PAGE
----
It was sad to hear the news that Steve Jobs was to resign his position as CEO of Apple. Of course, we all knew of his health problems but hoped he would fully recover.

I suspect as a man he wasn’t that easy to work with. One got glimpses of arrogance and certainly he didn’t mind stepping on toes when an Apple development did not meet his expectations.

But he is a true visionary. His first Apple computers were, for those days, far more user friendly than anything else on the market. When he was ousted from Apple, he came up with NeXT, and showed us that computer cases could be black as well as grey. When he returned to Apple, I bought the blue semi-transparent Apple Mac because it looked so great.

It wasn’t the invention of new technologies that took Apple to being briefly the world’s most valuable company (Exxon regained the honour quickly). Nokia developed the smartphone earlier than Apple. Even our Singapore-based Creative Technologies had an excellent MP3 Player before the iPod was launched. I can certainly remember Microsoft or HP having a tablet long before the iPad hit our consciousness (I think that was way back in 2001 or 2002).

Jobs didn’t begin his product development by asking the consumers what they wanted. They didn’t know until he built it! However, he did start with ease of use as his benchmark. This was combined with a natural appreciation of product design. What makes Steve Jobs a genius is that he instinctively knows how to make products that are “cool”. The product design is superior to the competitors every time.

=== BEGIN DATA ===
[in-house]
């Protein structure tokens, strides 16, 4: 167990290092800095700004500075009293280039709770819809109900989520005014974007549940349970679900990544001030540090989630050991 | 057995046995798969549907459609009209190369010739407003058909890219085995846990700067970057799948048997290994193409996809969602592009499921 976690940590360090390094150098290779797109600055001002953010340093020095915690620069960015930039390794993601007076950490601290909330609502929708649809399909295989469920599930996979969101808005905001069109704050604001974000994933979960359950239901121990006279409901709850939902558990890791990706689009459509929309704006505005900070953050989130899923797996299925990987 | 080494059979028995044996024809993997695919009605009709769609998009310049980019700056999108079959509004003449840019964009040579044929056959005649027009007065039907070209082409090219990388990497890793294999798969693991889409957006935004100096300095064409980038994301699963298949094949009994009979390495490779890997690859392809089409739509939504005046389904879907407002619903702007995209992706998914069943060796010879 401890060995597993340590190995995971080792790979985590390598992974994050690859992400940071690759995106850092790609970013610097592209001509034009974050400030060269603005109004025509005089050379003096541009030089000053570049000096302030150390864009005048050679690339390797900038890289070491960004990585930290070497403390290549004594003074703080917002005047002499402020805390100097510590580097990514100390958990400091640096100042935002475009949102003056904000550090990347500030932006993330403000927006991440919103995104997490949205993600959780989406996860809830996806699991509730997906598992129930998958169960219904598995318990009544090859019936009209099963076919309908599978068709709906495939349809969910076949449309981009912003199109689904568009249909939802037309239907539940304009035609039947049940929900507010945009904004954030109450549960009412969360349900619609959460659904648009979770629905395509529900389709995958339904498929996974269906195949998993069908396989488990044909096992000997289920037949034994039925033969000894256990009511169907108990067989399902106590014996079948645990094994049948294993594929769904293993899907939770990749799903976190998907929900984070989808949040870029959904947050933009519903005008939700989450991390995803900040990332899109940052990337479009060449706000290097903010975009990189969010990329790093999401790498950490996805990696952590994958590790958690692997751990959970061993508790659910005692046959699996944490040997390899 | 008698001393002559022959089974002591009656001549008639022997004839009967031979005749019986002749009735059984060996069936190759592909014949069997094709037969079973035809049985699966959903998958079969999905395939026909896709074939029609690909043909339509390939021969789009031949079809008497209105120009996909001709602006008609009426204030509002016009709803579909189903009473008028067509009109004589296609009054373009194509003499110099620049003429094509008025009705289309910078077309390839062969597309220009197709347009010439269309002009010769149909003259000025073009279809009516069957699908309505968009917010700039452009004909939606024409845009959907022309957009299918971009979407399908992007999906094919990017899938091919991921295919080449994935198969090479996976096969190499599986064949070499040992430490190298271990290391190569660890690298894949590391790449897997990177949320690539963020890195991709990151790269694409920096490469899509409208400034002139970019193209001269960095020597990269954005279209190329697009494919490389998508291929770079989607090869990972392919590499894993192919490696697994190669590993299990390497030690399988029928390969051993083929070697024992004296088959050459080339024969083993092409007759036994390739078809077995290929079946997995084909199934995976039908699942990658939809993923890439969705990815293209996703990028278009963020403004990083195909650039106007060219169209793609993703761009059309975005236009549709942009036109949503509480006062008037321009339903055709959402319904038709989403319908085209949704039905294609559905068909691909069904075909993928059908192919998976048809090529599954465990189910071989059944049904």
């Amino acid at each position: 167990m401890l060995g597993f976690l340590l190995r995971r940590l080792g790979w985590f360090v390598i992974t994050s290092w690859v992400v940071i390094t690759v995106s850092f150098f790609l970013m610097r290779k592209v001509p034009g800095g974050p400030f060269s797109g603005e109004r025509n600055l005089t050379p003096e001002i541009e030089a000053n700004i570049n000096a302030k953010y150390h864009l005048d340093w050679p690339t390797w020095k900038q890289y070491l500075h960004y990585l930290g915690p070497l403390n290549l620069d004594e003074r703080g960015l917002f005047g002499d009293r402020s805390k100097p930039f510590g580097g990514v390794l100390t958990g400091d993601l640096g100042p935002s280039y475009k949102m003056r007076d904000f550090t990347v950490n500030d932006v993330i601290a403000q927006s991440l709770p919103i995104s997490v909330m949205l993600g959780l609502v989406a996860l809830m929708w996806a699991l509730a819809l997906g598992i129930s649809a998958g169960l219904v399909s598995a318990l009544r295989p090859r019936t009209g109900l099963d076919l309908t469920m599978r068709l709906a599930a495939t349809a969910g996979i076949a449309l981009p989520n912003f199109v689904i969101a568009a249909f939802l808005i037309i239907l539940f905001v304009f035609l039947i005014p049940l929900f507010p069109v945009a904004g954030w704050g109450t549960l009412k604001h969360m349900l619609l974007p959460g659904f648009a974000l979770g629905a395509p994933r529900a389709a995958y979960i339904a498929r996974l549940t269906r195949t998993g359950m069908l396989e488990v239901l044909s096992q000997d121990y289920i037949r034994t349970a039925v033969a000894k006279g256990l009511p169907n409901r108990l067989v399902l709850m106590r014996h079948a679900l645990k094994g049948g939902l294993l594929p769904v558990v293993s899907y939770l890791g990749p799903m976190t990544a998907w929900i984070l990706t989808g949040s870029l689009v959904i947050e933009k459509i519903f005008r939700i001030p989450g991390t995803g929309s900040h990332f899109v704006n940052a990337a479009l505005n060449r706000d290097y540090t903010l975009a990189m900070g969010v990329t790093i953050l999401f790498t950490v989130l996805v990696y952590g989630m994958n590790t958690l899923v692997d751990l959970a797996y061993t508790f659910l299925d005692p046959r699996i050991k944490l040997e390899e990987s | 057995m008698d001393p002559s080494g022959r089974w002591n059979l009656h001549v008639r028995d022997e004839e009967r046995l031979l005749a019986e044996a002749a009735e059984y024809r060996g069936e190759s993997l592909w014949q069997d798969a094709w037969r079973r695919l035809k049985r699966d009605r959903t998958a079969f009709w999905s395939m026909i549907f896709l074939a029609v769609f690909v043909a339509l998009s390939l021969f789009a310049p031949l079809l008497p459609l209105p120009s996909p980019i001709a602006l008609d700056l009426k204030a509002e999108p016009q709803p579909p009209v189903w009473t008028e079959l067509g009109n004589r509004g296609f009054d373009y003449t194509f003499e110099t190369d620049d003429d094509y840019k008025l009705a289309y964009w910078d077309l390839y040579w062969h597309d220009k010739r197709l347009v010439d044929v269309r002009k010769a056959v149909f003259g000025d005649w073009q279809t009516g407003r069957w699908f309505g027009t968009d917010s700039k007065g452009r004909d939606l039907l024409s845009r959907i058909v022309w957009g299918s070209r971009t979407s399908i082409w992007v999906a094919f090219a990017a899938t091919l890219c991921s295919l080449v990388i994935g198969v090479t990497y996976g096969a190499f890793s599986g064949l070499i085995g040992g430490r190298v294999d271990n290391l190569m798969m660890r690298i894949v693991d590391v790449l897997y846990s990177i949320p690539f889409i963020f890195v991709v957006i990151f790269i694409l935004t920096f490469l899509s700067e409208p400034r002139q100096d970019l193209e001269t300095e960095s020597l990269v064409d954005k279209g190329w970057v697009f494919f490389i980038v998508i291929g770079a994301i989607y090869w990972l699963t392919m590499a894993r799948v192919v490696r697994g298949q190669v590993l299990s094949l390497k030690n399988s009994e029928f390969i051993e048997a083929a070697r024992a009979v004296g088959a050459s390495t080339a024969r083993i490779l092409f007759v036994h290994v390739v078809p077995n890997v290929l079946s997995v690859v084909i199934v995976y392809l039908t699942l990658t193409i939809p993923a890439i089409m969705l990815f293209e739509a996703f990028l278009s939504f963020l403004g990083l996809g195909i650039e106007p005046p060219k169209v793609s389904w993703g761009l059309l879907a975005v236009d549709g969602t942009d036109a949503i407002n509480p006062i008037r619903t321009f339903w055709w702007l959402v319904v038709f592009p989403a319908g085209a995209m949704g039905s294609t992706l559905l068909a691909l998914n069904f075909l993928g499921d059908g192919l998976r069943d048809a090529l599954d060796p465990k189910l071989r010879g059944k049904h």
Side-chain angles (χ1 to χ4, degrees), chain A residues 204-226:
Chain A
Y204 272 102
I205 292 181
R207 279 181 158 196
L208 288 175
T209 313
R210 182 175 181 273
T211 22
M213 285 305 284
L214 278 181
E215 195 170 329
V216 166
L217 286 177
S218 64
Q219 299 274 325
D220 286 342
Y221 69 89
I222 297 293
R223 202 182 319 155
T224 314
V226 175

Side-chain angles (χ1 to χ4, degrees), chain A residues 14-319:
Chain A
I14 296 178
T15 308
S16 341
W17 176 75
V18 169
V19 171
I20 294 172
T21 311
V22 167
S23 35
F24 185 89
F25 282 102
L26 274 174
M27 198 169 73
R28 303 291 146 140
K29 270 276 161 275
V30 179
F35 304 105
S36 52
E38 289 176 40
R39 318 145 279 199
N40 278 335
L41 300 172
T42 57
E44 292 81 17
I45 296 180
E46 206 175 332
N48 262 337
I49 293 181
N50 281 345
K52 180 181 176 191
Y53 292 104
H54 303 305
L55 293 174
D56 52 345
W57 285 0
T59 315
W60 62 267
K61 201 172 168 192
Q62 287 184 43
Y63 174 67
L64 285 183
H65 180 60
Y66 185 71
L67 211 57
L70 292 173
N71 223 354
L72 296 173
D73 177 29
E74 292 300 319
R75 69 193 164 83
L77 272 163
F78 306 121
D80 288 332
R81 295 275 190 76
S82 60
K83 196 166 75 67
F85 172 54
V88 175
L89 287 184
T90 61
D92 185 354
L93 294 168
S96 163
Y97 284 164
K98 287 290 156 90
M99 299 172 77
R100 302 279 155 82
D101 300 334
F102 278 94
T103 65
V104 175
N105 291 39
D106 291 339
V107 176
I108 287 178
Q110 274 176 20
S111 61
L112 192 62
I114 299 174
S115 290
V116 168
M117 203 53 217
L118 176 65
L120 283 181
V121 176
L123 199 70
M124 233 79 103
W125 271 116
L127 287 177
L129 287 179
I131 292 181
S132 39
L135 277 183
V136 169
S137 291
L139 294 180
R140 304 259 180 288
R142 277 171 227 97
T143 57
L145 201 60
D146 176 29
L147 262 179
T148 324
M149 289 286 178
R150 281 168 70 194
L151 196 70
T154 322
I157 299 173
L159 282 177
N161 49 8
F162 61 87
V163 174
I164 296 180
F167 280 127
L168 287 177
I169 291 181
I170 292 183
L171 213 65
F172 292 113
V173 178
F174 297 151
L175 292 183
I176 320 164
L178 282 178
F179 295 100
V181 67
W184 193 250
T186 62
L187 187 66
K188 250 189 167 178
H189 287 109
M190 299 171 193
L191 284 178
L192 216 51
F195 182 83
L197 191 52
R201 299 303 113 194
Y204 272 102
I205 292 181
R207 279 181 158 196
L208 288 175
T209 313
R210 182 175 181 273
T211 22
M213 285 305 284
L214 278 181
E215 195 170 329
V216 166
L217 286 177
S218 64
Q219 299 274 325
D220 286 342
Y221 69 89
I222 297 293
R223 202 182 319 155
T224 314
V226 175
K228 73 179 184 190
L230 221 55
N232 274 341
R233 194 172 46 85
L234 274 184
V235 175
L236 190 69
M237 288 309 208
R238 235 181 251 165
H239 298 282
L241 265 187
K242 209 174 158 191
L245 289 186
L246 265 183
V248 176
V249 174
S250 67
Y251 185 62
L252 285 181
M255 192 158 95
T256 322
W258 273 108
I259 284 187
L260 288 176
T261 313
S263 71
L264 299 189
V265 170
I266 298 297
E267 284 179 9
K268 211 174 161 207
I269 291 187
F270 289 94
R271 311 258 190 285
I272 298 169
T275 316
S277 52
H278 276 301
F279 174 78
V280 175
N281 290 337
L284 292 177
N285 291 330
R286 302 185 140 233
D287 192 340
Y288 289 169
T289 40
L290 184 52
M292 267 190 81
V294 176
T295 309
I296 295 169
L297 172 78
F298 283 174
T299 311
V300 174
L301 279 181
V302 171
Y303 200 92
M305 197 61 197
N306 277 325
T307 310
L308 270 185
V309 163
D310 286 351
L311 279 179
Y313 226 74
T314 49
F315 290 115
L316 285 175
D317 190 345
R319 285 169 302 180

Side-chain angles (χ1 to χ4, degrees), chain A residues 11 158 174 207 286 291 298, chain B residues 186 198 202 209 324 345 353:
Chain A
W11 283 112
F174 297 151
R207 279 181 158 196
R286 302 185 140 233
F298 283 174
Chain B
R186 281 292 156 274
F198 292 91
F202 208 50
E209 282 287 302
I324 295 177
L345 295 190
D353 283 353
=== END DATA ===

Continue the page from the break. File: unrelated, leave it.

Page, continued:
Jobs has style and it shows in everything Apple produces. One just has to have the next striking product coming out of the Silicon Valley HQ!

I teach presentation skills to companies and I use a Steve Jobs presentation as a good example. Jobs always launches new products with a major presentation. He uses minimal power-point slides, and simply stands on an empty stage, and with great showmanship, launches his latest gadget.

He is fond of throwing in an extra at these events. “And one other thing…” is a favourite phrase.

Will Apple have “one other thing” as Steve leaves the company stage? I fear not. Men like Steve Jobs are few and far between. Will the technicians and marketing men listen to his successor? Will the new CEO even have the breadth of vision of the man in black turtleneck and jeans? Can Apple still keep ahead of the game?

His vision has changed the way we interact with computers, listen to music and use the mobile phone. We love the iPad even if we are not certain of its real value!

I’ve never met Steve Jobs. But I am happy to have shared the planet with a creative genius like him. Goodbye, Steve.